A dairy farm northwest of Whangārei could be the city's new airport after civic leaders paid $7 million to buy it, along with surrounding properties.
Mayor Sheryl Mai said last night that the land purchased by Whangārei District Council was one of a handful of options for the city's possible future airport.
The current airport at Onerahi was expected to be "no longer fit for purpose" by 2028 because of "changes in airplane and airline operator requirements". It is believed to have the shortest landing strip of any regional airport in the country.
That was according to the council's long-term plan, published in 2018, which earmarked $5.6m to explore alternative airport options across the district.
Mai said she wasn't "really convinced" the Onerahi airport would be phased out, with the use of alternative fuels and changes in technology possibly rendering the runway length less of an issue.
"The future of aviation is still unknown."
She said there had been significant changes in the two years since the long-term plan had been published, particularly this pandemic year of Covid-19. "The world has changed."
However, the likely possibility of needing to find a new site for the airport meant the council had to "future-proof" the city.
"It's a really wise thing we are doing to ensure we have options in the future if we have to move the airport from Onerahi."
The land bought by the council was in Ruatangata on a stretch of land on Pipiwai Rd, bracketed by Kokopu Rd and Three Mile Bush Rd. While the deal had been agreed, it was not going to be settled until June.
Mai would not confirm the purchase price, saying it was "in the millions". The Advocate has learned the price was more than $7m, with more cash paid for adjoining properties and farm buildings.
She said the council had also identified other possible sites for the airport - one to the north of Whangārei and two sites to the south of the city.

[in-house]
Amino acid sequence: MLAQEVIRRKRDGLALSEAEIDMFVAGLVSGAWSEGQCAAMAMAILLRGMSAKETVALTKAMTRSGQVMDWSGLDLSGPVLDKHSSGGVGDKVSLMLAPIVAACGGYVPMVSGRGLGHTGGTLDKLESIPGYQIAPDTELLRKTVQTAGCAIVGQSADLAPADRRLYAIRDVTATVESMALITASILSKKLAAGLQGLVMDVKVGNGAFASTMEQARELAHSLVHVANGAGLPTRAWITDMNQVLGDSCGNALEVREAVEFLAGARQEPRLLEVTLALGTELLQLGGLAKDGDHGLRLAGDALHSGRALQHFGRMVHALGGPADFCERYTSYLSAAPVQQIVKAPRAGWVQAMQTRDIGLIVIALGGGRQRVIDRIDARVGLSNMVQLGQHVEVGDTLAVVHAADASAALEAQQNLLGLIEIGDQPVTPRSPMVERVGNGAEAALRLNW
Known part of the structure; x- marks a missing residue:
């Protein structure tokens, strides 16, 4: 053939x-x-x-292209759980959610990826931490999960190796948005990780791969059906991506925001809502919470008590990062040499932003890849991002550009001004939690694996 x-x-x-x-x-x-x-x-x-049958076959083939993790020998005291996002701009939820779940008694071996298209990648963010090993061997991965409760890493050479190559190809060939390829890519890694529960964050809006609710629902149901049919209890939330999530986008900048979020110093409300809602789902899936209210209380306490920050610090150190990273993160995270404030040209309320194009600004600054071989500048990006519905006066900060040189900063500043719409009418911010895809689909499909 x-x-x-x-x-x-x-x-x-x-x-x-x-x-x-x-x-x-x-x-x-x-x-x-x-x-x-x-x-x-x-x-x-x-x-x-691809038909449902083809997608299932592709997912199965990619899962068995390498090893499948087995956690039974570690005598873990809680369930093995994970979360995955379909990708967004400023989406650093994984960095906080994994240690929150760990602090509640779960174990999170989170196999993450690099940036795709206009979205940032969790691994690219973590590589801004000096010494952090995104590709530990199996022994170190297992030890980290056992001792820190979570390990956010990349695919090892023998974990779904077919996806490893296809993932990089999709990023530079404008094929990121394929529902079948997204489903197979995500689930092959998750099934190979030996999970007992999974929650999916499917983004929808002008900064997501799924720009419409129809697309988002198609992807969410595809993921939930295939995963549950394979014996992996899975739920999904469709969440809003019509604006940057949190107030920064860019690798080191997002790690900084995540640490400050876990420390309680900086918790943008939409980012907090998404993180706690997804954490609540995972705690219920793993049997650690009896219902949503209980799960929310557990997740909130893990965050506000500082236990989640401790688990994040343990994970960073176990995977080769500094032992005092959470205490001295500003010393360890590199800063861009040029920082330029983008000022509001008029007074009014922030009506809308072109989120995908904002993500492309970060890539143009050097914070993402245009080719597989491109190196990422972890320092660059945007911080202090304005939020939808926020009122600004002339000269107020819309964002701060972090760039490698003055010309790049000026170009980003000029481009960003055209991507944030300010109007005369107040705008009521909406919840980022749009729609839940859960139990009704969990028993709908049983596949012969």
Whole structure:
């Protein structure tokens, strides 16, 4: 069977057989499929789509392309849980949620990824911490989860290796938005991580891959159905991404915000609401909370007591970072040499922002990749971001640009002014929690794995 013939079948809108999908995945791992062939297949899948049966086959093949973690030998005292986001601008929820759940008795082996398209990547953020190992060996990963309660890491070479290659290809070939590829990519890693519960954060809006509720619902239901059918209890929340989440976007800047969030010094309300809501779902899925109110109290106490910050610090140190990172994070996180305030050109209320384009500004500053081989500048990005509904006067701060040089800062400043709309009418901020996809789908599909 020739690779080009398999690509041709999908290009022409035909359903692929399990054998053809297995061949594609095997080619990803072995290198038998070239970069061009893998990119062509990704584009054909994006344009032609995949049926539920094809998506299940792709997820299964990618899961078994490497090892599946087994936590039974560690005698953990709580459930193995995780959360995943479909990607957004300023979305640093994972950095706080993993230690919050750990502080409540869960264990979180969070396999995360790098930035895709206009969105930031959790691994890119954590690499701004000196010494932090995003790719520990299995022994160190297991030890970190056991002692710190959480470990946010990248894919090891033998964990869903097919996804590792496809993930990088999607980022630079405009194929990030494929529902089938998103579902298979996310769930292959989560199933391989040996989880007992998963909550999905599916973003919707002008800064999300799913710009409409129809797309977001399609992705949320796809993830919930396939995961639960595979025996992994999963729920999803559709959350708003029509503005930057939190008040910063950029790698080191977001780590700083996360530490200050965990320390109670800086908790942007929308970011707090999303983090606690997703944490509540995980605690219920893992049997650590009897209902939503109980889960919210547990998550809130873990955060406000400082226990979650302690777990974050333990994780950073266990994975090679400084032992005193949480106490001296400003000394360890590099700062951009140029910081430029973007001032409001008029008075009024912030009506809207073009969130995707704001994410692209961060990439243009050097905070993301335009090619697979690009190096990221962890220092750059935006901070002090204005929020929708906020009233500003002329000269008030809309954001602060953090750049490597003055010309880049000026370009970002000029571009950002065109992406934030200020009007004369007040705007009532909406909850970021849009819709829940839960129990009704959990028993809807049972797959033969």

It meant there was no plan to start building a new airport, with the land secured against future possibilities. The council would continue to run it as a dairy farm, she said.
Mai said there was still uncertainty over Air New Zealand's need for regional airports and its approach to the future was unclear until it had distance from the tumult of the pandemic.
She had taken the opportunity to quiz Air NZ chairwoman Dame Therese Walsh during her recent visit to Whangārei on a speaking engagement. Discussions had revolved around biofuels and electric aircraft, with Whangārei the perfect distance as a hub from Auckland.
Council infrastructure group manager Simon Weston said staff learned in October the farm was for sale. The difficulty in buying large chunks of land led to an appeal to the council to approach the owner with an offer based on recent sales.
"Since then, we have also been approaching landowners surrounding this farm's boundaries with a view to obtaining some further land."
Weston said the inability to extend the runway at Onerahi raised risks over the airport's ability to operate long-term.
The council had spent six years scoping out sites for a new airport.About 30 potential sites had been identified over the past four years, which had been further reduced to the current handful of options.
"Infrastructure of this significance takes a long time to plan."
Weston said there would be community consultation and involvement for any site that was chosen, with detailed investigations into its suitability and construction costs.
Whangārei MP Emily Henderson said she was looking forward to discussing the purchase with the mayor.
"Whangārei is growing very rapidly, which puts strain on infrastructure. Infrastructure investment is very important," she said.